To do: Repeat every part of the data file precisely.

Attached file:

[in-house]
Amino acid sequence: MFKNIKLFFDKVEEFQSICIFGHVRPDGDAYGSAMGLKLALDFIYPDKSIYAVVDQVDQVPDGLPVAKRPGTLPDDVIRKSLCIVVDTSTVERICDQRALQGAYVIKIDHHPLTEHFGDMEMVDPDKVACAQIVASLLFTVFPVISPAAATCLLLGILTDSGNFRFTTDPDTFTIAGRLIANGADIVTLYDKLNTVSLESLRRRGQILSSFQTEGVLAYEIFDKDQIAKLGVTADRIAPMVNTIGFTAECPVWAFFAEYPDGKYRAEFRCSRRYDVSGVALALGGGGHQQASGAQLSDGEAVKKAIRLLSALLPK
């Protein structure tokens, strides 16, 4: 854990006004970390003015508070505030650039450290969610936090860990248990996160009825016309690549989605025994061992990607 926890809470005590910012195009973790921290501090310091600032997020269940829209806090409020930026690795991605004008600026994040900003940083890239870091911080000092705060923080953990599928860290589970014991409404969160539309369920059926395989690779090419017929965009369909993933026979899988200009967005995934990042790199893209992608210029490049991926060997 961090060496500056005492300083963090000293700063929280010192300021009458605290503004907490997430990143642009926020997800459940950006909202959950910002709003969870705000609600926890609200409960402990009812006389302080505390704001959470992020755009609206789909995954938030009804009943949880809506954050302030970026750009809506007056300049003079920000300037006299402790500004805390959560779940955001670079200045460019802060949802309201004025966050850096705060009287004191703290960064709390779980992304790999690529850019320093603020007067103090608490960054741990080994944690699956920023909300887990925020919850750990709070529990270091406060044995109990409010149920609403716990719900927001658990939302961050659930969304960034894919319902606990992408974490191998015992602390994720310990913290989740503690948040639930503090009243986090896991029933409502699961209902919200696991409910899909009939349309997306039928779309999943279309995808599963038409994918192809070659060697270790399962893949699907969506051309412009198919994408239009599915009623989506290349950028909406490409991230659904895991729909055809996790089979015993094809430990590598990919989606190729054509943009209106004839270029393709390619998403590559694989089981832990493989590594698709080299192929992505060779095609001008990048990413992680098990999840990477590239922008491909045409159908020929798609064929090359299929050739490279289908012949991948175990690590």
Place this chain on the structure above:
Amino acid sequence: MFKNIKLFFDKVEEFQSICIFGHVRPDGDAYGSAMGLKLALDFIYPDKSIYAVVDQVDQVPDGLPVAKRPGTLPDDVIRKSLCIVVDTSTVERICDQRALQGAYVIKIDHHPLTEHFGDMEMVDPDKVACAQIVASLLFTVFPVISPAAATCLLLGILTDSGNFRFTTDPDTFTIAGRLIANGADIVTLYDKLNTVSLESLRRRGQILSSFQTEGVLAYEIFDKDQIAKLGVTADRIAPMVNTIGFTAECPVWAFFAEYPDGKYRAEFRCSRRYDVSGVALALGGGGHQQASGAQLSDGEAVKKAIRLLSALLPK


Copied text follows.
[in-house]
Amino acid sequence: MFKNIKLFFDKVEEFQSICIFGHVRPDGDAYGSAMGLKLALDFIYPDKSIYAVVDQVDQVPDGLPVAKRPGTLPDDVIRKSLCIVVDTSTVERICDQRALQGAYVIKIDHHPLTEHFGDMEMVDPDKVACAQIVASLLFTVFPVISPAAATCLLLGILTDSGNFRFTTDPDTFTIAGRLIANGADIVTLYDKLNTVSLESLRRRGQILSSFQTEGVLAYEIFDKDQIAKLGVTADRIAPMVNTIGFTAECPVWAFFAEYPDGKYRAEFRCSRRYDVSGVALALGGGGHQQASGAQLSDGEAVKKAIRLLSALLPK
């Protein structure tokens, strides 16, 4: 854990006004970390003015508070505030650039450290969610936090860990248990996160009825016309690549989605025994061992990607 926890809470005590910012195009973790921290501090310091600032997020269940829209806090409020930026690795991605004008600026994040900003940083890239870091911080000092705060923080953990599928860290589970014991409404969160539309369920059926395989690779090419017929965009369909993933026979899988200009967005995934990042790199893209992608210029490049991926060997 961090060496500056005492300083963090000293700063929280010192300021009458605290503004907490997430990143642009926020997800459940950006909202959950910002709003969870705000609600926890609200409960402990009812006389302080505390704001959470992020755009609206789909995954938030009804009943949880809506954050302030970026750009809506007056300049003079920000300037006299402790500004805390959560779940955001670079200045460019802060949802309201004025966050850096705060009287004191703290960064709390779980992304790999690529850019320093603020007067103090608490960054741990080994944690699956920023909300887990925020919850750990709070529990270091406060044995109990409010149920609403716990719900927001658990939302961050659930969304960034894919319902606990992408974490191998015992602390994720310990913290989740503690948040639930503090009243986090896991029933409502699961209902919200696991409910899909009939349309997306039928779309999943279309995808599963038409994918192809070659060697270790399962893949699907969506051309412009198919994408239009599915009623989506290349950028909406490409991230659904895991729909055809996790089979015993094809430990590598990919989606190729054509943009209106004839270029393709390619998403590559694989089981832990493989590594698709080299192929992505060779095609001008990048990413992680098990999840990477590239922008491909045409159908020929798609064929090359299929050739490279289908012949991948175990690590």
Place this chain on the structure above:
Amino acid sequence: MFKNIKLFFDKVEEFQSICIFGHVRPDGDAYGSAMGLKLALDFIYPDKSIYAVVDQVDQVPDGLPVAKRPGTLPDDVIRKSLCIVVDTSTVERICDQRALQGAYVIKIDHHPLTEHFGDMEMVDPDKVACAQIVASLLFTVFPVISPAAATCLLLGILTDSGNFRFTTDPDTFTIAGRLIANGADIVTLYDKLNTVSLESLRRRGQILSSFQTEGVLAYEIFDKDQIAKLGVTADRIAPMVNTIGFTAECPVWAFFAEYPDGKYRAEFRCSRRYDVSGVALALGGGGHQQASGAQLSDGEAVKKAIRLLSALLPK